Bayern, of course, are waving goodbye to their manager, Pep Guardiola. The Manchester Evening News wonders if Pep, 44, is to be United’s next boss. News is that he won’t be. Apparently United feel he’s already set his mind on bossing Manchester City, where, says the Sun, he will attempt to buy Lionel Messi from Barcelona. The Catalans will then attempt to buy Hazard.
Unless the London Evening Standard is right and Pep is going to receive an offer from Chelsea he cannot refuse. In which case, Hazard will stay at Chelsea, Bale will stay at Real and Ronaldo will cancel his flight to Old Trafford.
Transfer balls: It’s going to be a month of Gareth Bale this and Gareth Bale that.
The Daily Mail says Bale will head to Manchester United for £75m.
The Guardiansays Bale is not leaving Real. He’s going to see if he can make a fist of it.
But if Real do sell Bale this January – which they won’t do – who will replace him in Spain? The Daily Star knows. The paper says Real will invest £100m in ‘tired’ Eden Hazard.
The Daily Mirror, speculates, that could mean Bale heading to Chelsea in a swap deal.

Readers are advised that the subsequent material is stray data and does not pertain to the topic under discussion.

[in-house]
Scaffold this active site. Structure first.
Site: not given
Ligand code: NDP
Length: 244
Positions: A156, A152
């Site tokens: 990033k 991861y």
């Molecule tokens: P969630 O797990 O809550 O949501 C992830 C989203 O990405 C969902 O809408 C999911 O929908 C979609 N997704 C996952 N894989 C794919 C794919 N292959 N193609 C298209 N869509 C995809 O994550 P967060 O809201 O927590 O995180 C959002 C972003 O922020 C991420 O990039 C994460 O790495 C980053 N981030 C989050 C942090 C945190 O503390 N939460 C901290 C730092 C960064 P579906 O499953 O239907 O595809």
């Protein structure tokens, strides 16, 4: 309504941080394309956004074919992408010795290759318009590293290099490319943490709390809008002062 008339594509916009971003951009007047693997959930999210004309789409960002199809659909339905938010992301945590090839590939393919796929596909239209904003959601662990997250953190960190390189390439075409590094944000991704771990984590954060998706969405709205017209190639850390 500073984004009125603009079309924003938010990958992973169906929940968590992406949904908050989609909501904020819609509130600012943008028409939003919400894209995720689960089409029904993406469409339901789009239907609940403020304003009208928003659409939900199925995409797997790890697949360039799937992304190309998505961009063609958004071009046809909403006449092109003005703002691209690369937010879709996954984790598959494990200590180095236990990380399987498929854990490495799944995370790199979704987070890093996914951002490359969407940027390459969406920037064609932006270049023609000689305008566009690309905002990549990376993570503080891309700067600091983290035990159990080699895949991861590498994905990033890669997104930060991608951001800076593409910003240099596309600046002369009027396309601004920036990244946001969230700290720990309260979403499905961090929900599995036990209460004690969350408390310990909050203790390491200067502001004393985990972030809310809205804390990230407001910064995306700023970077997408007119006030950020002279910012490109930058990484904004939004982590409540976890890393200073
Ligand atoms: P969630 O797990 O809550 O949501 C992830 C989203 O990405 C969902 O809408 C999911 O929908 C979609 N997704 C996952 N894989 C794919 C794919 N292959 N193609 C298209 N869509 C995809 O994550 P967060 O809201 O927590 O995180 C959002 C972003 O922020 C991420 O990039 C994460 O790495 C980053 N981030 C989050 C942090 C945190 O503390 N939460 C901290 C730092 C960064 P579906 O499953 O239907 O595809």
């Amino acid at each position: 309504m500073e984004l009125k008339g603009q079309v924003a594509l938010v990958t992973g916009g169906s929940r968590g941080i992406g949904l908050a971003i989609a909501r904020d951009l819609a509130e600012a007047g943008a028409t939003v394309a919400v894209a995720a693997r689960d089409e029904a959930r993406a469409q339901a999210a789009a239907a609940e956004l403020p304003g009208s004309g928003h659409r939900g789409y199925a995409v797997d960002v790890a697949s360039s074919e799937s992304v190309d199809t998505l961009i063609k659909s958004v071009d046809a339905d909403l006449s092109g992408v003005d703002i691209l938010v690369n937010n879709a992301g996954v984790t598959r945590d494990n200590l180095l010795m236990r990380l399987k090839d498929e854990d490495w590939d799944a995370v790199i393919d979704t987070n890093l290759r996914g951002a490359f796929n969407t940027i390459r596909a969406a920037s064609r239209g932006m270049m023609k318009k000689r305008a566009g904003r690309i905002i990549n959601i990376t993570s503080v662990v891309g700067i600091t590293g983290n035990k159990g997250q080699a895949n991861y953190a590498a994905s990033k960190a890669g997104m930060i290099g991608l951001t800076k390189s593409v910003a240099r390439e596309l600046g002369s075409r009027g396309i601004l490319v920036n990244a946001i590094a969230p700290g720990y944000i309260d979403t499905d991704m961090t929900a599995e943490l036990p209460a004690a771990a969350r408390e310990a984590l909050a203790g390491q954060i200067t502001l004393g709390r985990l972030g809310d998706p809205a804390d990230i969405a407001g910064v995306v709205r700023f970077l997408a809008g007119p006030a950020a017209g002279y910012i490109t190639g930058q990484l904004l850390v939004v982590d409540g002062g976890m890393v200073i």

After the Premier League has wound down for the summer – and Chelsea are calling Avram Grant to manage the team- Dr Eva Carneiro will give testimony in her constructive dismissal case against Chelsea.
The case will begin tomorrow at the London South Employment Tribunal in Croydon. The judge will set a timetable for the case.
The Guardian says the date for a full hearing “could be fixed for some time in June but there may be another preliminary hearing arranged before that takes place. The parties may also agree to a settlement before the case is heard.”
The good doctor is also taking a personal legal action against Chelsea’s former manager José Mourinho for alleged victimisation and discrimination.
The 42-year-old doctor was dropped from first-team duties after Mourinho criticised her and the first-team physio Jon Fearn for going on to the pitch to treat Eden Hazard on the opening day of the season.
The action meant Chelsea were temporarily down to nine men against Swansea and Mourinho called Carneiro and Fearn ”impulsive and naive”. Carneiro did not appear on the bench again for first-team duties and later parted company with the club.